Aoife Rooney praises Hulu for it’s new mini-series Little Fires Everywhere, but ultimately concludes the book did it better.
Traditionally with book-to-film adaptations, the viewer often finds themselves harbouring a sense of loyalty towards the novel, for fear that it will not be done justice in its pending picturization. While this is not the case with Little Fires Everywhere (2020), an exquisite mini-series adaptation of author Celeste Ng’s story starring Reese Witherspoon and Kerry Washington, it is doubtful in my mind that an attempt to bring this story to life in an alternative medium could match this novel’s brilliance.
Little Fires Everywhere, is a Hulu mini-series which rigidly follows the narrative of the residents of Shaker Heights, Ohio. There are some considerable discrepancies between the novel and its screen adaptation, for instance, one of the major plot points regarding the youngest Richardson daughter, Izzy. The novel gives an acutely painful description of the ordinary but complex difficulties of navigating adolescence, compounded by the fact that Izzy is so ostracised by her family and community. In the same vein, this feeling is echoed by Pearl, but for the intelligently dealt-with reason of race and money being the driving force in her circumstance. I found the novel did a better job with the execution of conversations on race. While the adaptation made admittedly successful attempts at showcasing the intrusion of racial microaggressions perpetrated by the white residents of the town, the book allowed for further conversation on the topic such as the interior monologues of Mia and Elena wildly contrasting and staggering. The series also shows cracks in the portrayed image of Elena more so than the novel, something that Ng dealt with expertly: even in her own mind, Elena refuses to show signs of weakness or vulnerability.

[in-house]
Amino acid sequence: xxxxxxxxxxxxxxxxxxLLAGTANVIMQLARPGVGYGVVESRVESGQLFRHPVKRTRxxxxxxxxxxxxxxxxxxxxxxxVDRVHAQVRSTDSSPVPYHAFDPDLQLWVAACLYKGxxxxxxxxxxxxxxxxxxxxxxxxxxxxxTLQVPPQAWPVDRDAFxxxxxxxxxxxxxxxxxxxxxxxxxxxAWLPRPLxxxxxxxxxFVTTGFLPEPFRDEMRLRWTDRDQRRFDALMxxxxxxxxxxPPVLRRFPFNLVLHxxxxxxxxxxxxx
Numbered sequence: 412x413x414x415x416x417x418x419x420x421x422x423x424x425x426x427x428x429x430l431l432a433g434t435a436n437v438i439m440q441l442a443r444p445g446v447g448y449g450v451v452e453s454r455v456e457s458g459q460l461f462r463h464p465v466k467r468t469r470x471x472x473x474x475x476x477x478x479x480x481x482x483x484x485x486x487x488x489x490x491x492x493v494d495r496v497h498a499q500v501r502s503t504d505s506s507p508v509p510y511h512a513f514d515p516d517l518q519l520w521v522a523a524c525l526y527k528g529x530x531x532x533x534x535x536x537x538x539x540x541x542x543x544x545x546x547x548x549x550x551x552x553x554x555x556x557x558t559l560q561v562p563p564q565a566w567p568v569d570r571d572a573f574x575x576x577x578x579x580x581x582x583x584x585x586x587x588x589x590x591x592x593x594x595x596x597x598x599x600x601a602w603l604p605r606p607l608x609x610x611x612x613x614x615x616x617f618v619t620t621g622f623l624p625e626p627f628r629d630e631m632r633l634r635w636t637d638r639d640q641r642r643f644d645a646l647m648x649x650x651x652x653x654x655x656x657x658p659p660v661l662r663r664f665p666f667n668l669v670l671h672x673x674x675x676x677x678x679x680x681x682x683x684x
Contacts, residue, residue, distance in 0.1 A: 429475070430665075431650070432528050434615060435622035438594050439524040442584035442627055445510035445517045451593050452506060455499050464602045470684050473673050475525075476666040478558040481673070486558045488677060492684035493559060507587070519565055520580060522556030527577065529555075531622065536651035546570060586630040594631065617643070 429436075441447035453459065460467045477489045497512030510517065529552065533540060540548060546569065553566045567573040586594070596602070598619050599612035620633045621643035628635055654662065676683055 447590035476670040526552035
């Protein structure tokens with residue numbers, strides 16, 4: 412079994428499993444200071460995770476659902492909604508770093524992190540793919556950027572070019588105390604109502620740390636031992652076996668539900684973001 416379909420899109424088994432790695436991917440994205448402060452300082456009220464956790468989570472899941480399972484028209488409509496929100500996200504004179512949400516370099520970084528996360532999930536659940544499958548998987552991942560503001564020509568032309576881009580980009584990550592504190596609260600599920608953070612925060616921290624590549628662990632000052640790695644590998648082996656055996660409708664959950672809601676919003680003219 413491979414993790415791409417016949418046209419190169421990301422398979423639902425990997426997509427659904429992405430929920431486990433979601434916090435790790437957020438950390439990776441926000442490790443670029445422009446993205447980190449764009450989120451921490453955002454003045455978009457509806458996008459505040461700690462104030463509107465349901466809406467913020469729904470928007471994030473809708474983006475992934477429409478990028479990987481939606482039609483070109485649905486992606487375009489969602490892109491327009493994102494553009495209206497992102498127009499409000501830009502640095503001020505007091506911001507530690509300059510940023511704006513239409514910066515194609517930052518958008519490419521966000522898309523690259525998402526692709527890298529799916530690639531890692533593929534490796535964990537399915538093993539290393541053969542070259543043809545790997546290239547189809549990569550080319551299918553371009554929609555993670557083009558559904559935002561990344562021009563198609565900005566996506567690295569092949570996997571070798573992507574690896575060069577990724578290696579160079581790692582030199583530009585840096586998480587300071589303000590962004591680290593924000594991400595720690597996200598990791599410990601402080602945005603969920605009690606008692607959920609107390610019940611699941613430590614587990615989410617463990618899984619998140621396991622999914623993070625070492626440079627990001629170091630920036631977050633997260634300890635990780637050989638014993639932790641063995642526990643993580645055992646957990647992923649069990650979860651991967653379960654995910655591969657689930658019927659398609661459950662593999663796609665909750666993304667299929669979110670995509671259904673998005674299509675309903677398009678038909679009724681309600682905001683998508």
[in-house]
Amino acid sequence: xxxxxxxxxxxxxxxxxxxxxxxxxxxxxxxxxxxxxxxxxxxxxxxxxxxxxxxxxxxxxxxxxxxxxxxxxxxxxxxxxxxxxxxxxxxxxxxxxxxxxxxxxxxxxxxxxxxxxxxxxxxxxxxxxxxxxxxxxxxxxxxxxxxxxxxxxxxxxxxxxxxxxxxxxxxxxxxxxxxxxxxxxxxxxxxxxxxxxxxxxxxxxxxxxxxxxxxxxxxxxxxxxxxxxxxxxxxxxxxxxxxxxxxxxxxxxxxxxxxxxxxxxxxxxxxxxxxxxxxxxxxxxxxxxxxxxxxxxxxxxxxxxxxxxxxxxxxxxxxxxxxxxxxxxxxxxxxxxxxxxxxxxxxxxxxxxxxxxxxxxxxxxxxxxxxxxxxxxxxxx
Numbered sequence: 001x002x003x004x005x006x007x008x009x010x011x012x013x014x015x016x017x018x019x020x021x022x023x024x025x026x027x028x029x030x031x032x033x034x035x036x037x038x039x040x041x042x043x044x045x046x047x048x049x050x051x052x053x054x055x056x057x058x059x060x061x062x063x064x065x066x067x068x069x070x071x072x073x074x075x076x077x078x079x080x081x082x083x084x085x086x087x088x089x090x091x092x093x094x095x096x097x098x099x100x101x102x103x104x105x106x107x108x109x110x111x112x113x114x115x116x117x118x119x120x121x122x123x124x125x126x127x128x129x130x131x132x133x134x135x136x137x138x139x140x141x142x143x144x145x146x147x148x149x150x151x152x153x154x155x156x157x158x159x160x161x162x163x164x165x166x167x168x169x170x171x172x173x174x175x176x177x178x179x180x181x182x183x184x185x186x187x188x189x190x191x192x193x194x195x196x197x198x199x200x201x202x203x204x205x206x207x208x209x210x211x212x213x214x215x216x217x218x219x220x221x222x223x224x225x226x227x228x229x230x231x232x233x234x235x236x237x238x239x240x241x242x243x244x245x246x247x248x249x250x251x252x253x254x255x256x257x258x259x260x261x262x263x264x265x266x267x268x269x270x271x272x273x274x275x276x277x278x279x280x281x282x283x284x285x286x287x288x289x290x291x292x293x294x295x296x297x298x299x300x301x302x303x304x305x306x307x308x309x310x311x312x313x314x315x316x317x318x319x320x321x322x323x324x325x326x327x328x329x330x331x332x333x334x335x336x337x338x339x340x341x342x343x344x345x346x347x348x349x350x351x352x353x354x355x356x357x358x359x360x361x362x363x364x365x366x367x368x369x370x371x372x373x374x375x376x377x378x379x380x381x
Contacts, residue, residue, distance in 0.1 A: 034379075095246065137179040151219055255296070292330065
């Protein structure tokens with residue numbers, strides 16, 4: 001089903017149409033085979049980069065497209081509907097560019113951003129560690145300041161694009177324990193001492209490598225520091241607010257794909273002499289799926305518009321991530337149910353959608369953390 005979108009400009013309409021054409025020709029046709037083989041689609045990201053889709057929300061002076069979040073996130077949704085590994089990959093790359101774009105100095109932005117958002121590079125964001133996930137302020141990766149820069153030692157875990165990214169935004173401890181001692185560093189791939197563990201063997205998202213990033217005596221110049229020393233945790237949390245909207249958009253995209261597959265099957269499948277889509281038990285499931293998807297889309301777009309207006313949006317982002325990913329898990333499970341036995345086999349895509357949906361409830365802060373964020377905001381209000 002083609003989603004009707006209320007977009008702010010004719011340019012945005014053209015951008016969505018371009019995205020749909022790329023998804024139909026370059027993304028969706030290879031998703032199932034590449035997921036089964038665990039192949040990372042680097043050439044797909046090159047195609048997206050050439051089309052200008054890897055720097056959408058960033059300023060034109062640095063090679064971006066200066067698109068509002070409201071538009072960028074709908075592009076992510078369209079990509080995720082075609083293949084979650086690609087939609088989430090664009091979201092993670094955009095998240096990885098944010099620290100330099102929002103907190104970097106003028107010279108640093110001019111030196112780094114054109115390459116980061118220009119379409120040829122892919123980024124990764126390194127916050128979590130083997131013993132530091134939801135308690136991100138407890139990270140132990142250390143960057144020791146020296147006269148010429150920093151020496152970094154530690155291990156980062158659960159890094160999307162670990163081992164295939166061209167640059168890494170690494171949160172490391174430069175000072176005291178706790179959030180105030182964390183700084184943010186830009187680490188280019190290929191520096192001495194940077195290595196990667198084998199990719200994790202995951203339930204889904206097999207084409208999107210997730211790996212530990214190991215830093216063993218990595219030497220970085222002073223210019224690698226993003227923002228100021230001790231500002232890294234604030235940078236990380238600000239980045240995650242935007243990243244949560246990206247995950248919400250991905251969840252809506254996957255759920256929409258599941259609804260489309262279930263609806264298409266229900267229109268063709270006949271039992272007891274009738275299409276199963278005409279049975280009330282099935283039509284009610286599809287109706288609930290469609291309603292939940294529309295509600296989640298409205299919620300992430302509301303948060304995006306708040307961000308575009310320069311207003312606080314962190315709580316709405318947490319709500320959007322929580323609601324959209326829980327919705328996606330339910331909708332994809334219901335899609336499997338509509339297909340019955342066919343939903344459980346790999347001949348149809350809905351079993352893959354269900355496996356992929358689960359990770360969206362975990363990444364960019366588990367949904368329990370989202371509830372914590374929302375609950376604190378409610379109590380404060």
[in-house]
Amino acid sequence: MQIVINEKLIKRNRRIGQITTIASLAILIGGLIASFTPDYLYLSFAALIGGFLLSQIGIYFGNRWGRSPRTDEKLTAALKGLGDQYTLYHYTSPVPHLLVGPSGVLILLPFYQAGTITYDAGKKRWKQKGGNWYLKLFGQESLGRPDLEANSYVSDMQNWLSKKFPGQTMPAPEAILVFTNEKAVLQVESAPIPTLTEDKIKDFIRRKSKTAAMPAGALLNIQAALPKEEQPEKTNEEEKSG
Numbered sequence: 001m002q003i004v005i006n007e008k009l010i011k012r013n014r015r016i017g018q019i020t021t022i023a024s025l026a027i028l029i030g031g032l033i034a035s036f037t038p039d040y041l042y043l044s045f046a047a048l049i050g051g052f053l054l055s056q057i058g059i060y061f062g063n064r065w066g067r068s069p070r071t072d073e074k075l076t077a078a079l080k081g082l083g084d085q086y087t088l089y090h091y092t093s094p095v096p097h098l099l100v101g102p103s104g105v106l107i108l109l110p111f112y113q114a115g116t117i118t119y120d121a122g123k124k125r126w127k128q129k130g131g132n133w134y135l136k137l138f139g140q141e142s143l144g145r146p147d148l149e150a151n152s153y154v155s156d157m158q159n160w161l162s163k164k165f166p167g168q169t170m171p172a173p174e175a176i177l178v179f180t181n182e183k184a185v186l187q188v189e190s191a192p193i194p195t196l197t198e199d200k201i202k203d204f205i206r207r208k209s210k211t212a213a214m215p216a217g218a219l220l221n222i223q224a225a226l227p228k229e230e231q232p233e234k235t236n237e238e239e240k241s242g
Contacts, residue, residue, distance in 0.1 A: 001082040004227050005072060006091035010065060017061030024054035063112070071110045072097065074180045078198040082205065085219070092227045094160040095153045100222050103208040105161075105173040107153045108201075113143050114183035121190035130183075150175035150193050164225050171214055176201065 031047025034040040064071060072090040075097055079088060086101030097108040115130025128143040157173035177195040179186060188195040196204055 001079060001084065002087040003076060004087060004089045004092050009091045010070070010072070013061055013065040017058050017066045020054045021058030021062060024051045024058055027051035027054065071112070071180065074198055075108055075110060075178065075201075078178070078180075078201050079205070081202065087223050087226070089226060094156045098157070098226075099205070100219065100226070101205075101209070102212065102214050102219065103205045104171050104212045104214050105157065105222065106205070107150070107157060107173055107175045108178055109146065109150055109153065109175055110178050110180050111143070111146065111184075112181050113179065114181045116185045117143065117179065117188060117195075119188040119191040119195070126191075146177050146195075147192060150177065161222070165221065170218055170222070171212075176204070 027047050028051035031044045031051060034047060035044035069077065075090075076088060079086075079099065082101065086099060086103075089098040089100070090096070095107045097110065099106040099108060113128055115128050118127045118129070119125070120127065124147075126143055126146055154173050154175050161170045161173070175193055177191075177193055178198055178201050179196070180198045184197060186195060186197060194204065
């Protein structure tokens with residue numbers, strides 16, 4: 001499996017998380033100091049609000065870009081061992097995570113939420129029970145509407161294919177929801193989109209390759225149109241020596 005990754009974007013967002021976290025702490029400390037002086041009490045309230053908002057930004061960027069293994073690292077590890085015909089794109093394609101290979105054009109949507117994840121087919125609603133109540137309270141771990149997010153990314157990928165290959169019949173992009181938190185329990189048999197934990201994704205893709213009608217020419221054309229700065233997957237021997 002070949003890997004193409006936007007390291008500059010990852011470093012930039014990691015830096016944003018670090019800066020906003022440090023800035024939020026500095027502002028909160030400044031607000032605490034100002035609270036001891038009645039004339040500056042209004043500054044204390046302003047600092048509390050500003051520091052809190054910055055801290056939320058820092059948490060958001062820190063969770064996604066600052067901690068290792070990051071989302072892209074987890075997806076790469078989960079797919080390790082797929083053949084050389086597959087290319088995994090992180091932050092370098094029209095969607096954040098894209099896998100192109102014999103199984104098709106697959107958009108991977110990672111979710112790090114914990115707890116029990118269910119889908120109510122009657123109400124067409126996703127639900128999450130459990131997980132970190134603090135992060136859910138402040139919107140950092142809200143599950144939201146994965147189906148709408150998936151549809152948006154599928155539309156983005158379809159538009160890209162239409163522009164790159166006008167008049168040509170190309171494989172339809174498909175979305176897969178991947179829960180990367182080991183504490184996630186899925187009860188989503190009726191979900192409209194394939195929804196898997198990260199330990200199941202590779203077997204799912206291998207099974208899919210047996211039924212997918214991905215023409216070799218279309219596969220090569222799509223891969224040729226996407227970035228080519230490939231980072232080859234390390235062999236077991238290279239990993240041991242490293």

As would I recommend for all books brought to the screen: read the novel first. It often tells the story in a better and more detailed way!